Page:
In 1982, Israel invaded Lebanon with a view towards disarming and terminating the PLO and the various military wings that it encompassed, after having prodded some of the Lebanese to turn against the Palestinians and help them remove Arafat and his men from Lebanon. For the Israelis, the issue was not so much the military challenge that Arafat was proving to be to the Israelis from Southern Lebanon, but the ability of Arafat to instill a Palestinian political presence, which the Israelis have never and would never come to recognize. Zionist ideology has no room for any institutional Palestinian presence of any kind.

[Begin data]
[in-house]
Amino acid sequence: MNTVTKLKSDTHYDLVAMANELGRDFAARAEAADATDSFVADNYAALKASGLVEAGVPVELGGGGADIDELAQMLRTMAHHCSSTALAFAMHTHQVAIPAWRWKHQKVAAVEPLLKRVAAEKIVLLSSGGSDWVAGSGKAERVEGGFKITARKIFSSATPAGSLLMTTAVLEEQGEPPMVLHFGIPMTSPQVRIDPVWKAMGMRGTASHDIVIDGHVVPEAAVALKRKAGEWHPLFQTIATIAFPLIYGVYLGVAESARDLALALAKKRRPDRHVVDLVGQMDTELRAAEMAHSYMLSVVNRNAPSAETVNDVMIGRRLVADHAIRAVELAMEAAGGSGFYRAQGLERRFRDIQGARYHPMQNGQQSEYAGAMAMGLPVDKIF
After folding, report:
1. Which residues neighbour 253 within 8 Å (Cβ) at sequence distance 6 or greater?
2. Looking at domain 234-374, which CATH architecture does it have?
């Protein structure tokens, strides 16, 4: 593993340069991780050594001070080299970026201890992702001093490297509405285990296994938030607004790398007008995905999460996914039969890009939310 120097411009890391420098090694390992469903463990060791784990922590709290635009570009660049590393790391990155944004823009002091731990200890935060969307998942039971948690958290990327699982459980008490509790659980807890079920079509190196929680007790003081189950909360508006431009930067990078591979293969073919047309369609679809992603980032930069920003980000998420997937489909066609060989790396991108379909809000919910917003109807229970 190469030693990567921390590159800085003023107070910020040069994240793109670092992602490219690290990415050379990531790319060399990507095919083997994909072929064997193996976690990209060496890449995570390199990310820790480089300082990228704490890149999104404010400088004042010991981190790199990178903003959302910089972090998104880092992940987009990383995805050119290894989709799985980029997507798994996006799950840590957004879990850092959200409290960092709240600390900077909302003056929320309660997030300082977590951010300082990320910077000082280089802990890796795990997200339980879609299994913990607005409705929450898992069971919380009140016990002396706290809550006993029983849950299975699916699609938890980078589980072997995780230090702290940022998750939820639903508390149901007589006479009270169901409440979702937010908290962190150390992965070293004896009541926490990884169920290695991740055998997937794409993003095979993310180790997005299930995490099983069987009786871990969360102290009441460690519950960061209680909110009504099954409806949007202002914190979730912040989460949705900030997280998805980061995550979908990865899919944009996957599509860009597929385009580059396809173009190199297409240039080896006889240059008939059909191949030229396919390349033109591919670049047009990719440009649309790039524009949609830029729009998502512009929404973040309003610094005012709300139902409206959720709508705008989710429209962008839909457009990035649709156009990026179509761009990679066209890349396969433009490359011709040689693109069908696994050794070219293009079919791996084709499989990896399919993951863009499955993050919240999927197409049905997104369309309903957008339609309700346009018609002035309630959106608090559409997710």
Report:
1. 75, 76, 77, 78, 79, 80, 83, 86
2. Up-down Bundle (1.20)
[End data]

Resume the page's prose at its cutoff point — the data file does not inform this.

With Arafat removed from Lebanon, he nevertheless continued to wield considerable influence and still managed to ascertain a Palestinian political presence, as the spokesmen of all the Palestinians. Moreover Yassir Arafat was able to amass considerable funding support from Arab Governments and the Palestinians, who worked in the Gulf States, especially Kuwait. Although there is considerable talk of mismanagement by the PLO of their available resources, most Palestinians do not regard Arafat as having any vested interests in such misuse of funds. He told Larry King of CNN once, that he does not even take a salary from the PLO as his wealth from his work in Kuwait is sufficient to sustain him. He was fairly active in the organization of the Intifadha of the 1980s and the sentiment aroused by the extreme measures taken by the Israelis in attempt to quell the resistance led the United States to seek a peaceful conclusion to the Palestinian problem, eventually leading to the signing of various peace treaties, and a Nobel Peace Prize for Yassir Arafat and Shimon Perez in the mid 1990s. However, a final settlement could not be achieved by former President William Clinton in his last year of office, mainly because of disagreement over Jerusalem. When Ariel Sharon took over as Prime Minister of Israel all hopes of peace were thrown out the window, as the succeeding George W. Bush Administration in the United States simply gave Sharon a green light to do whatever he pleases in the West Bank and Gaza. With Arafat gone, or going, there is no telling how the Palestinian cause will be without the Arafat magic.